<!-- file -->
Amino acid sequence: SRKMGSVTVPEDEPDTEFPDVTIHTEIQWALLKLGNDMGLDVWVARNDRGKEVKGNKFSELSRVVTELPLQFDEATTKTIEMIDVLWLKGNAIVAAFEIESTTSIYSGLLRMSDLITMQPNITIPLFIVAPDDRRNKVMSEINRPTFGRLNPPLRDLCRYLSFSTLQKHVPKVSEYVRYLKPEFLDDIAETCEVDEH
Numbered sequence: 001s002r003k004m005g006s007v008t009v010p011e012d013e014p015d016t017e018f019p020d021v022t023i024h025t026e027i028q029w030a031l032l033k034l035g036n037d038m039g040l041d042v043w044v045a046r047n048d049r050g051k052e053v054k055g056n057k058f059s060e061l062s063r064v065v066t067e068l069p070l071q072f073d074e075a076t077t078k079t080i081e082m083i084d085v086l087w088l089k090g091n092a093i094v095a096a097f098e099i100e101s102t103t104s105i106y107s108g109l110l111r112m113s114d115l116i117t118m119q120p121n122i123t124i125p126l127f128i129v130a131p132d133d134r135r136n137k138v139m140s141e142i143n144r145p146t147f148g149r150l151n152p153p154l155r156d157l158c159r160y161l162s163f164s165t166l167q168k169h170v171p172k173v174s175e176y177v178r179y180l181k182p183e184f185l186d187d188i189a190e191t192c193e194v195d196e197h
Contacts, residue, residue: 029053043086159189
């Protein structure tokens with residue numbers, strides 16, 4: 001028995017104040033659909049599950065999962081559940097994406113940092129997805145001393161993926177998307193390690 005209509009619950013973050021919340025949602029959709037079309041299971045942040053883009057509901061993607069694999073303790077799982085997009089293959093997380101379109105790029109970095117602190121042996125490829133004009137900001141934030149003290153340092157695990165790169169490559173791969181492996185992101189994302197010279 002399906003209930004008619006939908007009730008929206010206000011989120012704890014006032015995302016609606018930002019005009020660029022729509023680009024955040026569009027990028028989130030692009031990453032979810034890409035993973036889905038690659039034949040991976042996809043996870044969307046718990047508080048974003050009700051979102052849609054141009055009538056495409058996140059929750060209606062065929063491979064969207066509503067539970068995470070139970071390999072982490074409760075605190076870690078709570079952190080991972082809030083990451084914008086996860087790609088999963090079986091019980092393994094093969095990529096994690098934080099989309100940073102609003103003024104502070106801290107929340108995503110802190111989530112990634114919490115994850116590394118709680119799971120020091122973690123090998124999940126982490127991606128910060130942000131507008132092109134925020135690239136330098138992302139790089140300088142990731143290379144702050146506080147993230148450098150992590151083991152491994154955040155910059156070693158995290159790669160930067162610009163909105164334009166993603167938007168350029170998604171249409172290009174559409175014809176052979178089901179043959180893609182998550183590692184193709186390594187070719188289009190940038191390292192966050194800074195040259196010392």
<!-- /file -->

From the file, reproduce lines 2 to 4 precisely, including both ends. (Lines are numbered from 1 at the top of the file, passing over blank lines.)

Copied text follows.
Numbered sequence: 001s002r003k004m005g006s007v008t009v010p011e012d013e014p015d016t017e018f019p020d021v022t023i024h025t026e027i028q029w030a031l032l033k034l035g036n037d038m039g040l041d042v043w044v045a046r047n048d049r050g051k052e053v054k055g056n057k058f059s060e061l062s063r064v065v066t067e068l069p070l071q072f073d074e075a076t077t078k079t080i081e082m083i084d085v086l087w088l089k090g091n092a093i094v095a096a097f098e099i100e101s102t103t104s105i106y107s108g109l110l111r112m113s114d115l116i117t118m119q120p121n122i123t124i125p126l127f128i129v130a131p132d133d134r135r136n137k138v139m140s141e142i143n144r145p146t147f148g149r150l151n152p153p154l155r156d157l158c159r160y161l162s163f164s165t166l167q168k169h170v171p172k173v174s175e176y177v178r179y180l181k182p183e184f185l186d187d188i189a190e191t192c193e194v195d196e197h
Contacts, residue, residue: 029053043086159189
């Protein structure tokens with residue numbers, strides 16, 4: 001028995017104040033659909049599950065999962081559940097994406113940092129997805145001393161993926177998307193390690 005209509009619950013973050021919340025949602029959709037079309041299971045942040053883009057509901061993607069694999073303790077799982085997009089293959093997380101379109105790029109970095117602190121042996125490829133004009137900001141934030149003290153340092157695990165790169169490559173791969181492996185992101189994302197010279 002399906003209930004008619006939908007009730008929206010206000011989120012704890014006032015995302016609606018930002019005009020660029022729509023680009024955040026569009027990028028989130030692009031990453032979810034890409035993973036889905038690659039034949040991976042996809043996870044969307046718990047508080048974003050009700051979102052849609054141009055009538056495409058996140059929750060209606062065929063491979064969207066509503067539970068995470070139970071390999072982490074409760075605190076870690078709570079952190080991972082809030083990451084914008086996860087790609088999963090079986091019980092393994094093969095990529096994690098934080099989309100940073102609003103003024104502070106801290107929340108995503110802190111989530112990634114919490115994850116590394118709680119799971120020091122973690123090998124999940126982490127991606128910060130942000131507008132092109134925020135690239136330098138992302139790089140300088142990731143290379144702050146506080147993230148450098150992590151083991152491994154955040155910059156070693158995290159790669160930067162610009163909105164334009166993603167938007168350029170998604171249409172290009174559409175014809176052979178089901179043959180893609182998550183590692184193709186390594187070719188289009190940038191390292192966050194800074195040259196010392």